The sky overcast, threatening rain at any moment. Looking outside, you’d think it was nice and cool, so you bring a light jacket. But after walking around the sad morning scene of Mt. Royal Avenue, with tables of trinkets, jewelery, prints, and photographs, you’re feverish and sweaty from the hot air trapped about the nape of your neck.
I love Baltimore. I’ve only visited the city a few times, but I love the buildings—the architecture, the artsy essence, the stark contrast of all that can be great about a city (like MICA), to what can be the worst (homelessness, rundown row houses). For a photographer, the city is like what Candyland would be for a 5-year-old.
On Sunday, my partner and I took a trip to Artscape 2012. I have never been to Artscape so planning the trip was an exciting moment for me.
We didn’t spend longer than about an hour and half in the city. With each step we took, a sense of sadness overcame me. Were my expectations for Artscape realistic? Were they too high? What was it, exactly, that I was looking for from the free arts festival?
I have no fucking clue.
I brought my camera with me, but looking around, my initial thought was the photography wasn’t happening. Ignoring the dark, overcast sky, nothing spoke to me. Eventually, I brought my camera out and took
some limited shots. I just wasn’t feeling the scene.
Disappointed wasn’t the right word to describe how I felt walking up and down Mt. Royal Avenue, and it wasn’t how I felt driving back toward Silver Spring. What was it? Dissatisfied? Heartbroken? Whatever this feeling was, Artscape just didn’t do it for me. I did see some art that caught my eye, but the scene overall was just… bleak.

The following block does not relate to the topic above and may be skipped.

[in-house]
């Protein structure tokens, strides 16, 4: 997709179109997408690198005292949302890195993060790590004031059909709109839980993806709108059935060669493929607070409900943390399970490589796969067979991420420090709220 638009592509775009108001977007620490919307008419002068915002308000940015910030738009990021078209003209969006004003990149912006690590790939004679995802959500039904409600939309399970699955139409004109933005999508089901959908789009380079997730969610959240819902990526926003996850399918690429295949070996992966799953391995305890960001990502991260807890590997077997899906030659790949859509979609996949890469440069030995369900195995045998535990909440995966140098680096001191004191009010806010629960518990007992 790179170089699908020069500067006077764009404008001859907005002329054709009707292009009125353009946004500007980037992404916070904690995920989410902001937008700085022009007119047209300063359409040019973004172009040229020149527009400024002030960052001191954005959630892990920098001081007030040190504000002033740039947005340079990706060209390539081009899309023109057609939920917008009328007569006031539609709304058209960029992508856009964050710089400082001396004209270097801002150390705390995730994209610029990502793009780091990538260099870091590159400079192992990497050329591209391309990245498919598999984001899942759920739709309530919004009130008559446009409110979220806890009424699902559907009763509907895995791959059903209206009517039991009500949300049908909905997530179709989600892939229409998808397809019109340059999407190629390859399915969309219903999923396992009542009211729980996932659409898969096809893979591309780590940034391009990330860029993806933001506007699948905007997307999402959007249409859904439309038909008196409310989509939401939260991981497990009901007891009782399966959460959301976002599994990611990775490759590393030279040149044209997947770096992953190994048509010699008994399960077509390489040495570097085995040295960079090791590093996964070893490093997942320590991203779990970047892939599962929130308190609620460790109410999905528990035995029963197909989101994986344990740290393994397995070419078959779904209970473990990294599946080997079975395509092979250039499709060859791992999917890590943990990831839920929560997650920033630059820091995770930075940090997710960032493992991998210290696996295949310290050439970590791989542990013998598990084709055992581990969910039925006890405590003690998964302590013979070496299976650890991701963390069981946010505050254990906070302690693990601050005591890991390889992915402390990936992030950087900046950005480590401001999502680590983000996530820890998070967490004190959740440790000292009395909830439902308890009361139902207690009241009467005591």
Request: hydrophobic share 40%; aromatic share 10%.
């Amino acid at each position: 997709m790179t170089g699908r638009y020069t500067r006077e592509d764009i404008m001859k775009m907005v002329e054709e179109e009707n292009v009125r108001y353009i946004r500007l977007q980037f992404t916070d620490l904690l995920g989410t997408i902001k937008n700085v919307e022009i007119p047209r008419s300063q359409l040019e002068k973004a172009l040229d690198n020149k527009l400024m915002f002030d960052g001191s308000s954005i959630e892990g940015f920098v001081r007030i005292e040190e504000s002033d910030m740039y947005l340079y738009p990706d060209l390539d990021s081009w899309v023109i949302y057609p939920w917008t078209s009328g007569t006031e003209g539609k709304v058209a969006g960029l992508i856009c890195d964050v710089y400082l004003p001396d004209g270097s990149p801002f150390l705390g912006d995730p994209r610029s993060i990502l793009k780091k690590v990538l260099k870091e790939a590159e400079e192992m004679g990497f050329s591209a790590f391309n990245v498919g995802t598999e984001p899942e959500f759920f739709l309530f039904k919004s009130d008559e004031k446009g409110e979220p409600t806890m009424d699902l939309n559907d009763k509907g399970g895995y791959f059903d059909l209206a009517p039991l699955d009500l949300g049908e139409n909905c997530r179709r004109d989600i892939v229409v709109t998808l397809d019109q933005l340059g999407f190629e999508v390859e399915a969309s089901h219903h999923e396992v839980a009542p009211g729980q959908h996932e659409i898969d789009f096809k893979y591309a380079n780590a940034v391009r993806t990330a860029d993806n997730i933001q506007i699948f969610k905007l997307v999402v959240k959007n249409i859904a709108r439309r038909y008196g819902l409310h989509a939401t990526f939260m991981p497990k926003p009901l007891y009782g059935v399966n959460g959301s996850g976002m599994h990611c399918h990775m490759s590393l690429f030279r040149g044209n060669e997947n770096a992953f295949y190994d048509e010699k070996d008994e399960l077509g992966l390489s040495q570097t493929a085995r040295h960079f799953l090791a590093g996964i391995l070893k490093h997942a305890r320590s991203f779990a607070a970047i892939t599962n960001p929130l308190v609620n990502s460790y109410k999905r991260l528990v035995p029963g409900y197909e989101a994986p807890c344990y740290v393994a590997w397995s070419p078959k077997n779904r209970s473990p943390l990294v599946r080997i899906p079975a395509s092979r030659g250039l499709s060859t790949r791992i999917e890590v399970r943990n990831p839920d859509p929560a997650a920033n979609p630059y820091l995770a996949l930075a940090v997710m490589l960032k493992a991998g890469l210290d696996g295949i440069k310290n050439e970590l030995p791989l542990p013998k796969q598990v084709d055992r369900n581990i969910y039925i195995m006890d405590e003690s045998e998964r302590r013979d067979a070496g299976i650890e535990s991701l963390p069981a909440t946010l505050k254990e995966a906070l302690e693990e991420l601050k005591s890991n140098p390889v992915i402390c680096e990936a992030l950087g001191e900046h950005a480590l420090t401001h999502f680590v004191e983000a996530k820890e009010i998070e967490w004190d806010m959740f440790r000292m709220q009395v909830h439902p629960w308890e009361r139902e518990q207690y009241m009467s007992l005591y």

I was unimpressed by the festival. It was like walking through any other festival or farmer’s market. A small Ferris Wheel in the center of the event with some other random statuettes and corporate
sponsorship show-and-tell, over priced beverages and soggy food, and rows of tents with artists showing off their wares.
The city’s buildings and streets were more interesting than the festival. On Charles Street, there was a mural painted by Freddy Sam on Everyman Theatre. On our way back to the parking lot where we left the car, a row house with only one set of fire escape ladder painted a bright, fire engine red. A stark contrast against the sandy, copper-rust-colored buildings, and the rusty black-painted fire escape ladders on either side of it. Behind me, even more row houses, delicate-looking that a touch of the fingertip would be enough to send the entire structure crumbling.
Driving towards I-95, the light rail, Camden Yards, the little orange and black lamp-post flags marking Orioles territory was more interesting than the tents or the people just a few blocks away.
We finished the day off with a trip to Trader Joe’s for groceries, a few episodes of John Benjamin Has A Van, and I Love You Phillip Morris.
I still love Baltimore, and its vibrant art and cultural atmosphere beckons another trip back but as for Artscape, Sunday may be the first, and last trip I make for that.
I'm an intern in Bethesda, Md.
When I'm not working, I'm writing, photographing, reading or enjoying some other equally leisurely activity.
All my opinions are my own, and do not reflect anyone else's views or endorsements. Guests posts are views of the guests, and are not a reflection of my own views.
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